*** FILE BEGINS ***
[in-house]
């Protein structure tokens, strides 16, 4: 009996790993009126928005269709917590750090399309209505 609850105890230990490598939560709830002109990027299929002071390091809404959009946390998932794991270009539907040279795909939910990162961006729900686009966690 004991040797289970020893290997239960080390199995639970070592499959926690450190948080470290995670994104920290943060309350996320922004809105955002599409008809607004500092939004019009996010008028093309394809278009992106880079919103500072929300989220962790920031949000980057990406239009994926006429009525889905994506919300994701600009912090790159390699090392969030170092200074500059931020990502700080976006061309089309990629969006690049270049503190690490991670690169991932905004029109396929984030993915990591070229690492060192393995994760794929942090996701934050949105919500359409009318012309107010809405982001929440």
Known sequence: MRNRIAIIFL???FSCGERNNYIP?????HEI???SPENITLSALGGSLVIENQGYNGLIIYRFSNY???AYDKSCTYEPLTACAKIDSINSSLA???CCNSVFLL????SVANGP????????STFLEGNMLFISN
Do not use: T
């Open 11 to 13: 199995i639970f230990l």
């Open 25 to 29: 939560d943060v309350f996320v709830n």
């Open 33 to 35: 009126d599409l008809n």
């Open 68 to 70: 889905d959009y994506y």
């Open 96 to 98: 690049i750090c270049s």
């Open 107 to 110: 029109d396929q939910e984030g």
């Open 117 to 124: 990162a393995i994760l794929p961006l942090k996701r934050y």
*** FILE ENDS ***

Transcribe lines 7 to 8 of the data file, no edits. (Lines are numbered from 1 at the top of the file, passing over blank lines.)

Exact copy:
């Open 33 to 35: 009126d599409l008809n």
């Open 68 to 70: 889905d959009y994506y």